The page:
Project Management in Practice

Beyond the alphabet soup of PRINCE2, MSP, MoP, PMBOK, ITIL, Agile

When projects go too well


As a Project Manager, I strive to ensure my projects go really well. Experience tells me that all projects will go through some difficult periods during its execution. Projects are inherently risky and not all risks, influences and impacts can be predicted in advance. That and years of experience delivering projects has made me weary about a project going too well.

Ignorance is bliss. However, when exposed the results are seldom pretty. There are many reasons why a project may appear to be going better than what is the reality. The project team may have a different world view than that of the customer. This is a very common scenario, especially in the old days of long waterfall software development projects. The advent of the Agile methodologies has come about through a desire to remove this expectation barrier through short iterations where the customer has the opportunity for feedback. That alone, however does not guarantee success.

Many times, it is much easier at the start of the project because the pressure of deadlines is not so immediate. A day’s delay here and there does not seem to pose a great danger. There seems plenty of opportunity to make up for any lost time. However, as the project progresses, this becomes less and less possible. Unless the project is planned with enormous slack, in my experience it is impossible. The student syndrome is well and truly entrenched in project teams. If someone is given more time than is needed for a particular task, they relax too much early on and only put the foot down when they think they are nearing the critical path.

In the context of a supplier delivering products of services to a customer, the early days of projects are much easier. All parties begin with the intention of getting to the end goal in a one team approach. However, the business pressures are different on the supplier and customer. Therefore, even with the best wishes, a one team approach is very difficult to sustain over a long period. Equally, when the discussion is about benefits and approaches, it is a much easier conversation to have. As soon as the conversations move towards billing for costs from the supplier side, or project assurance or performance measurement from the customer side, discussions are inevitably more difficult.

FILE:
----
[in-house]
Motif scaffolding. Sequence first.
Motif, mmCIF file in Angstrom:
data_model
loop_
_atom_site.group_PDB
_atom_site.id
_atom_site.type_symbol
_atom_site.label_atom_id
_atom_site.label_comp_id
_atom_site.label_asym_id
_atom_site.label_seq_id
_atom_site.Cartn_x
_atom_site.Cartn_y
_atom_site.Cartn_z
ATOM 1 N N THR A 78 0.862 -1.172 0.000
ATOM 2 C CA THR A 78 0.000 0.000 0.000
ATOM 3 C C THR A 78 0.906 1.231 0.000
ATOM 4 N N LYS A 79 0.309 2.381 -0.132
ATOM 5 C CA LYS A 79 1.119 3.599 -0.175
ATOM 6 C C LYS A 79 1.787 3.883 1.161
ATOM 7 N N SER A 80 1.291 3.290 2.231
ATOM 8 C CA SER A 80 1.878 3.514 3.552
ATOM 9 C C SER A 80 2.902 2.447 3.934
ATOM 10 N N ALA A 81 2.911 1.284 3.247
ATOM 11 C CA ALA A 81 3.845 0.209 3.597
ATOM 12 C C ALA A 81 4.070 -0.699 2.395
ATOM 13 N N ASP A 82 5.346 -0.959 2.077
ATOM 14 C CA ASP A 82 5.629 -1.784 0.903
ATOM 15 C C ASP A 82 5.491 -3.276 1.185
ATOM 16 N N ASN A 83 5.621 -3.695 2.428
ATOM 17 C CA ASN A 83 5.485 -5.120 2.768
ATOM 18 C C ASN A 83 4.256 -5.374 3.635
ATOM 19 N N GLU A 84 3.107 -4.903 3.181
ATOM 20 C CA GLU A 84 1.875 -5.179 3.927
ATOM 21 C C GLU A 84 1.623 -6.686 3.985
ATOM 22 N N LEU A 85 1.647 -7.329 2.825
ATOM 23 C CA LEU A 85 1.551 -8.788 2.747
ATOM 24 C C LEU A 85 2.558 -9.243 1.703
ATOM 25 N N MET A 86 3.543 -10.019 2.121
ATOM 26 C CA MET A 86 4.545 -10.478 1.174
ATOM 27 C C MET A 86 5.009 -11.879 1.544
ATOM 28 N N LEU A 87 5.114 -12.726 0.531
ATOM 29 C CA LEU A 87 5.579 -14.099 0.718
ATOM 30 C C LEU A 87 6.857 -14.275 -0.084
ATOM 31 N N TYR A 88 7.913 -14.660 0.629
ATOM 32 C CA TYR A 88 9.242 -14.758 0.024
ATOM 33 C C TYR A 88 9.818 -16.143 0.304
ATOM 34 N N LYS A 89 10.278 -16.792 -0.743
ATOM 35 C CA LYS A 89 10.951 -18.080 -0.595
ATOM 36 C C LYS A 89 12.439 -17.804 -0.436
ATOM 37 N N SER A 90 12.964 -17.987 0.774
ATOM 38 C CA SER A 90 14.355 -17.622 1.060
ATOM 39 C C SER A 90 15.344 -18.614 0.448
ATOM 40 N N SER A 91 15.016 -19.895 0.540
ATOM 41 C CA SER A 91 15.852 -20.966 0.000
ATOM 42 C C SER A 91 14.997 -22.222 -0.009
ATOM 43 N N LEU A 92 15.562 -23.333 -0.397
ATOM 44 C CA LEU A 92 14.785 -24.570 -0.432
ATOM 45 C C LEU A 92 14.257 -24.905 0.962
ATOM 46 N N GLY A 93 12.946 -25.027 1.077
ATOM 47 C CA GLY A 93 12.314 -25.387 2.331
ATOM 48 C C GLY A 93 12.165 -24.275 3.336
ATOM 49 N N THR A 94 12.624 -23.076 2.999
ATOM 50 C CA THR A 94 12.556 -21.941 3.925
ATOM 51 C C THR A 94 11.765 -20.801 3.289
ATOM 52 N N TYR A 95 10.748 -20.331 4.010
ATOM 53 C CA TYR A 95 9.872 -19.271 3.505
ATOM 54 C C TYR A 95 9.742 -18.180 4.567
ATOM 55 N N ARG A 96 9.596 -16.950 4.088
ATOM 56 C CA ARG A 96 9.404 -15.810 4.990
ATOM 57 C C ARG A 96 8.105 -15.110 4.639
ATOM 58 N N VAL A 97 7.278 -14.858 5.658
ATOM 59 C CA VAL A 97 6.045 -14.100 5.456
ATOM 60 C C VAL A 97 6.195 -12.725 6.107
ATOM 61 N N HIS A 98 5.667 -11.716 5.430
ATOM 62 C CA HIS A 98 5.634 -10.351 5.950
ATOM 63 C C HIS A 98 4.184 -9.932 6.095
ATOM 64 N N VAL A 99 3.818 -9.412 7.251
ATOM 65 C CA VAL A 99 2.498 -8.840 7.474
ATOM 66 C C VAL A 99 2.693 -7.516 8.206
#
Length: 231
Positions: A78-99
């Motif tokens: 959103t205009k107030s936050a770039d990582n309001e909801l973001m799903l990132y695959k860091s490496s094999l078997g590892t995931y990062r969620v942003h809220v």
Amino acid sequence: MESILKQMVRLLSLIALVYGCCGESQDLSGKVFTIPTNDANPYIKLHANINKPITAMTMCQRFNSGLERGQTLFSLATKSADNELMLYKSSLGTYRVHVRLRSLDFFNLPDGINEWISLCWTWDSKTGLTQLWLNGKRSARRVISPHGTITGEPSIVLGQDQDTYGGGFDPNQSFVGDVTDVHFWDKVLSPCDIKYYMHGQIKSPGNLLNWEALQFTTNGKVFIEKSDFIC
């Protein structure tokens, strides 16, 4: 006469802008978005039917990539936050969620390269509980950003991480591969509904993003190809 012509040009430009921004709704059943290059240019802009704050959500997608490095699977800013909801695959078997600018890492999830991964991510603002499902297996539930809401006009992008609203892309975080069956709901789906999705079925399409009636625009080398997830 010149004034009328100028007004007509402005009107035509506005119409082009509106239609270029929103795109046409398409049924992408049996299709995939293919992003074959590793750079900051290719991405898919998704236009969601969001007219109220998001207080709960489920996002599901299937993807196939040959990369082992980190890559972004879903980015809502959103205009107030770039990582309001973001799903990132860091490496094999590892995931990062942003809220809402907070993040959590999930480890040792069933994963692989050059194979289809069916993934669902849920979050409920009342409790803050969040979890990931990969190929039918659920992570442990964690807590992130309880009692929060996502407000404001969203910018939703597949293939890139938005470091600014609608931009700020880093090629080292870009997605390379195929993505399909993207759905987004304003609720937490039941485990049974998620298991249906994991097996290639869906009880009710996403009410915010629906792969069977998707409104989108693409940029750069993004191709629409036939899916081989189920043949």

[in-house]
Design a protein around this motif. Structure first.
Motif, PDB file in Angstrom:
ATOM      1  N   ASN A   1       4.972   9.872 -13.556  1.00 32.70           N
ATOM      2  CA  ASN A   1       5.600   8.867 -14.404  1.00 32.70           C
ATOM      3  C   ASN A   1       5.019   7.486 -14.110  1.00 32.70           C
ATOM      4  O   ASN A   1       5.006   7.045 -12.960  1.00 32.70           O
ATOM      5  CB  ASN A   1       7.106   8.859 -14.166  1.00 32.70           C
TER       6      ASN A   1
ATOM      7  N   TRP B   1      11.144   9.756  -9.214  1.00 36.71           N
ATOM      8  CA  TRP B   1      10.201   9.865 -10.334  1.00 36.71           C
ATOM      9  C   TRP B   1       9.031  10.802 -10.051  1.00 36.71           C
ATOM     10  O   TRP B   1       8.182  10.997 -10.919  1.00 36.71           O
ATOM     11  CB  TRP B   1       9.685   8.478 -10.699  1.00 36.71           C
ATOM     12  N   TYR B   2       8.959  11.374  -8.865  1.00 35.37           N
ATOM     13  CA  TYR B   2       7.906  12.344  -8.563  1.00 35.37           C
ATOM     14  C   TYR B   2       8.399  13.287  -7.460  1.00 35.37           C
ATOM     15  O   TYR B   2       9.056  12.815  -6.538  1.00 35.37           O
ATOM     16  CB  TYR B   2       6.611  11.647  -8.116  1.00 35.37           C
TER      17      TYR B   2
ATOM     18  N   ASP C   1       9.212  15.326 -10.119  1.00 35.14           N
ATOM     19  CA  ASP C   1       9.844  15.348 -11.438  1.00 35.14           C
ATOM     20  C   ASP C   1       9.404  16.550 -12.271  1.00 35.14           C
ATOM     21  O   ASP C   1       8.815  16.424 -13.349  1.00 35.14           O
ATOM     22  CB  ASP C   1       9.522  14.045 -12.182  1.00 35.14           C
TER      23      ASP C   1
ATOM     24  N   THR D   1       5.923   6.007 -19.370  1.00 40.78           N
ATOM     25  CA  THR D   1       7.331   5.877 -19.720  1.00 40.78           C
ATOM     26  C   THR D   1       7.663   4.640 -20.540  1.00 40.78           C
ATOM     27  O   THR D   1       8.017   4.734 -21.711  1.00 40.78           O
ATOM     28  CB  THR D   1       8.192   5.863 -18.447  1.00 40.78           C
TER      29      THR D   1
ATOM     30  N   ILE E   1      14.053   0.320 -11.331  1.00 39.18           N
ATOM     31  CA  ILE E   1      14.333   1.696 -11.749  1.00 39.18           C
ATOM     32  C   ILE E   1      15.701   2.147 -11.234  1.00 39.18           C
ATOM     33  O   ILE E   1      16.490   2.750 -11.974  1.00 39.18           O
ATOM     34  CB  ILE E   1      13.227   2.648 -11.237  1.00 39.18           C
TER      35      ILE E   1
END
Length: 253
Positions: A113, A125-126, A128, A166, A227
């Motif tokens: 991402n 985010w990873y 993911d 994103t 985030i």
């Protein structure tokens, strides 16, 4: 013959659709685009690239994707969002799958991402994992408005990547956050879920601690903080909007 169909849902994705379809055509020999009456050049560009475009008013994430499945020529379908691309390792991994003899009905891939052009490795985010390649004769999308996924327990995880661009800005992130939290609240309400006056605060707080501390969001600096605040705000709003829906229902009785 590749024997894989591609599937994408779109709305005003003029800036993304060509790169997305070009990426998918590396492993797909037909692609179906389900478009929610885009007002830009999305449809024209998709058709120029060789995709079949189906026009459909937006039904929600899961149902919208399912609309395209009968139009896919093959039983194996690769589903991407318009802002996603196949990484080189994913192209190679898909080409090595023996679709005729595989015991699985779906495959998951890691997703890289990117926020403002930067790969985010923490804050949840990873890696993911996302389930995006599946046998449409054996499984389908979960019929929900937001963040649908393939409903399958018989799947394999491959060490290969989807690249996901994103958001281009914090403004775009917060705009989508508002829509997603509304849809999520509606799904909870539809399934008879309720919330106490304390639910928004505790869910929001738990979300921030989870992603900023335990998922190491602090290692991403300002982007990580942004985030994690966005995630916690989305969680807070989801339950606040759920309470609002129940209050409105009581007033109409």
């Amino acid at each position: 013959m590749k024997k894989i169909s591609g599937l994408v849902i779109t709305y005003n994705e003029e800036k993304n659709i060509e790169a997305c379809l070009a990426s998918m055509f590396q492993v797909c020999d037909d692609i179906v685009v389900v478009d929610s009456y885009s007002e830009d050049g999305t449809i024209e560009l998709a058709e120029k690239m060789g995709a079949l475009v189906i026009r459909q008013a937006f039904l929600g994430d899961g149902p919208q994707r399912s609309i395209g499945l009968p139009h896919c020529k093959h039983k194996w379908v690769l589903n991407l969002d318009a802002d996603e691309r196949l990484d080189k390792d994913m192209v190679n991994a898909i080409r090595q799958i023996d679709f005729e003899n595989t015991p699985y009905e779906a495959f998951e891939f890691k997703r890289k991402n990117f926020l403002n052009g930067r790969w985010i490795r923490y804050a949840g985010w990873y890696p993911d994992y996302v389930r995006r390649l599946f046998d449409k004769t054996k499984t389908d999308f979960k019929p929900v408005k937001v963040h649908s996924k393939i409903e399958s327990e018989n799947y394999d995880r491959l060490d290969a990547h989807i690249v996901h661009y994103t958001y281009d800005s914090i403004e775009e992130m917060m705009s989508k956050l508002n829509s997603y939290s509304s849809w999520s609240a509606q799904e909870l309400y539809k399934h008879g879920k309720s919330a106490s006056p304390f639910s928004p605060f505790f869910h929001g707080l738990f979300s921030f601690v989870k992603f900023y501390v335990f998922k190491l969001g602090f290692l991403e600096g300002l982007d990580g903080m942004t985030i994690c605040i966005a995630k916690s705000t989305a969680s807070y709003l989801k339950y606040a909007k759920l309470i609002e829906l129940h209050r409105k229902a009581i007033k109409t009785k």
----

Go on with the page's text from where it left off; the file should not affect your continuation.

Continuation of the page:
Work cultures and how individuals behave during uncertainty also play a major role in project success. Some people have the tendency to not ask for help and hope they will be able to persevere through any difficulty they are having. They consider asking for help as a sign of failure. This can lead to drastic consequences, despite well meaning people. Bringing to attention any risks or issues to late in the piece will guarantee it cannot be successfully navigated through. There is no substitute to knowing your people.

The biggest mistake I see made when projects go well early is project teams sometimes get too comfortable and stop doing the basics correctly – keeping tabs on scope, documenting decisions, communicating effectively, enforcing change control etc. People are by nature reluctant to rock a boat they consider is sailing well. If you always hear everything is going well do not be content. Do some project management by simply walking around and getting the pulse of the team. Having a good handle on whether status reports reflect reality is a must. If there are issues, it is much better to know them early.

Do not relax when projects start well. You are under less pressure and should take the opportunity to compile good project management artifacts. If things turn sour, these are what will help navigate a course.

Image Credit: The New Zealand Railways Magazine

One response to “When projects go too well

  1. Pingback: How do I influence to get the desired behaviour? « Project Management in Practice

Leave a Reply

Fill in your details below or click an icon to log in:

WordPress.com Logo

You are commenting using your WordPress.com account. Log Out / Change )

Twitter picture

You are commenting using your Twitter account. Log Out / Change )

Facebook photo

You are commenting using your Facebook account. Log Out / Change )

Google+ photo

You are commenting using your Google+ account. Log Out / Change )

Connecting to %s

%d bloggers like this: